I received my PhD in Cultural Anthropology from the Graduate Center of the City University of New York. My research stands at the intersection of anthropology, history, and Islamic legal studies, and spans the nineteenth and twenty-first centuries in the Levant. Throughout my work, I address how, beginning in the nineteenth century, Islamic tradition has transformed while continuing to challenge and provide alternatives to dominant sensibilities, conceptions, and institutions of the modern world. My book God’s Property: Islam, Charity, and the Modern State examines the contemporary Islamic revival of a centuries-old charitable practice of pious endowment in Beirut to shed new light on the secularization of religion through the lens of its separation from “the economy.” I am currently researching the fate of these endowments in the post-war reconstruction of Beirut since the 1990s, with particular attention to the intersection and friction of these endowments with capitalism. I am also hoping to embark on a new project to examine practices of elderly care among Sunni Muslims in Beirut.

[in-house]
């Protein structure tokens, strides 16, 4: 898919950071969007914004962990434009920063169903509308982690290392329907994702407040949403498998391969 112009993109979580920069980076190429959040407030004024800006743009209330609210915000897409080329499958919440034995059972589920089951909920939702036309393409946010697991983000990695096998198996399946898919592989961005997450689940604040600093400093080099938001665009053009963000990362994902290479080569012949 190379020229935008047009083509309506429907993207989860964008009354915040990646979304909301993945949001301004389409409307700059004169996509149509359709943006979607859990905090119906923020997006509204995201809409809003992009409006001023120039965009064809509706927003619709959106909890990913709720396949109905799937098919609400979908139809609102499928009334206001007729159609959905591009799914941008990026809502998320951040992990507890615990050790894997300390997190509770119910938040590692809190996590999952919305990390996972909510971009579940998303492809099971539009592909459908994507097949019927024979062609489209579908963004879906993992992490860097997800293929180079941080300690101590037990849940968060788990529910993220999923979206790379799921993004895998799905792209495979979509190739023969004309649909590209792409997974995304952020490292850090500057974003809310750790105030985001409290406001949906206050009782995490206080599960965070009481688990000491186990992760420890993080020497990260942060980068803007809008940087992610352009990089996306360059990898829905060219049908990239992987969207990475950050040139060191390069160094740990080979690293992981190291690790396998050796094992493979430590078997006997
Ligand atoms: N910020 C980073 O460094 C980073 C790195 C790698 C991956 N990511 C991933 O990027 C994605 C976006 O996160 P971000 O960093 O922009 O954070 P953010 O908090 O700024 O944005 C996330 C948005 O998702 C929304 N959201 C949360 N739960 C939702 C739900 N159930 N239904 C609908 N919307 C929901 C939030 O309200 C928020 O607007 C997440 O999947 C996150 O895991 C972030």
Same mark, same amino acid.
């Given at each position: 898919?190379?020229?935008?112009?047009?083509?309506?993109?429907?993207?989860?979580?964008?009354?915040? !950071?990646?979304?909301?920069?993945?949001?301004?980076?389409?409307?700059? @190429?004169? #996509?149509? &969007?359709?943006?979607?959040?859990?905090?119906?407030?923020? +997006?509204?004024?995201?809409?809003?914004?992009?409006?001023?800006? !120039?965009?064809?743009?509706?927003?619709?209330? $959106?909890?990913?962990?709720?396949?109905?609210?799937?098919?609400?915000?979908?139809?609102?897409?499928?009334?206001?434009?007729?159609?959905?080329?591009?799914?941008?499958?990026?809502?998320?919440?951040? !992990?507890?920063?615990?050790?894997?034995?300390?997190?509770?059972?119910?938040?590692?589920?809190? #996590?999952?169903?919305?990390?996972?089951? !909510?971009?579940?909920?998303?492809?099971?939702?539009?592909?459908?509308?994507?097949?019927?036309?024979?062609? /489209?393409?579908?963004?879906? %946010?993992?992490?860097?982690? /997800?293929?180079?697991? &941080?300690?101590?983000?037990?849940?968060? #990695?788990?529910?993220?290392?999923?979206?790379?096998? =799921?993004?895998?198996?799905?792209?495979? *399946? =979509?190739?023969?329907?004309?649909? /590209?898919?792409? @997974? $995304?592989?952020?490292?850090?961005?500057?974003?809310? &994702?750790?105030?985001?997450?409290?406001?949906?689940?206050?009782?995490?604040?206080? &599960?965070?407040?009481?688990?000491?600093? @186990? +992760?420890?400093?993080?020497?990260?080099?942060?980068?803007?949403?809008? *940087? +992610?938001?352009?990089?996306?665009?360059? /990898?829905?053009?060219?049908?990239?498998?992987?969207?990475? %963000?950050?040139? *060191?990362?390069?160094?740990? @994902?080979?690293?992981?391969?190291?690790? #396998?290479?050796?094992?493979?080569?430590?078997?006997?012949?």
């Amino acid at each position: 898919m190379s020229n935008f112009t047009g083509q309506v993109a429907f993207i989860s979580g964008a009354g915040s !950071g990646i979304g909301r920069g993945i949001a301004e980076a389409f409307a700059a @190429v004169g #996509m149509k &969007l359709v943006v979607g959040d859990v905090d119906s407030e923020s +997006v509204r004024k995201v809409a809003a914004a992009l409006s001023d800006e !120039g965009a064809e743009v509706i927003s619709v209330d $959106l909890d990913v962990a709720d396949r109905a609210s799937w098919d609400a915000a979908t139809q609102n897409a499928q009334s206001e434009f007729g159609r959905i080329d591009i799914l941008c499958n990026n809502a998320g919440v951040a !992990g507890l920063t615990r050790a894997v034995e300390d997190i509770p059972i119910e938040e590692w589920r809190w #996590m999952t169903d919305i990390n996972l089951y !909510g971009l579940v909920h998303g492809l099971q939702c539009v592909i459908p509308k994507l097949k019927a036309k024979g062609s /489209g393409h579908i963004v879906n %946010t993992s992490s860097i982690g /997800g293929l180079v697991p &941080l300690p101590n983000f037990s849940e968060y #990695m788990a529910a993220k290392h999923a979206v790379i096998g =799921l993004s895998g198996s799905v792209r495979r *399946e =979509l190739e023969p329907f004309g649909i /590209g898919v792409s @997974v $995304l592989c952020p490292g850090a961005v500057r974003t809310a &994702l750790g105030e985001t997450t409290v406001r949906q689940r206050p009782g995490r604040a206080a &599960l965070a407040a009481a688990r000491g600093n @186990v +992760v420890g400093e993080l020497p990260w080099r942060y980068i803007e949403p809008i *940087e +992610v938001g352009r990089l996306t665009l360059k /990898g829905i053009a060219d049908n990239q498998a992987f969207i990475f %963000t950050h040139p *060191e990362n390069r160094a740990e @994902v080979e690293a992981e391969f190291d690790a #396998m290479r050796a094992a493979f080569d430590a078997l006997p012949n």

I would be happy to supervise students working on the contemporary Islamic tradition (grounded in ethnography), but also those working on questions of economy, property, charity, modernity, secularism, and law in various traditions.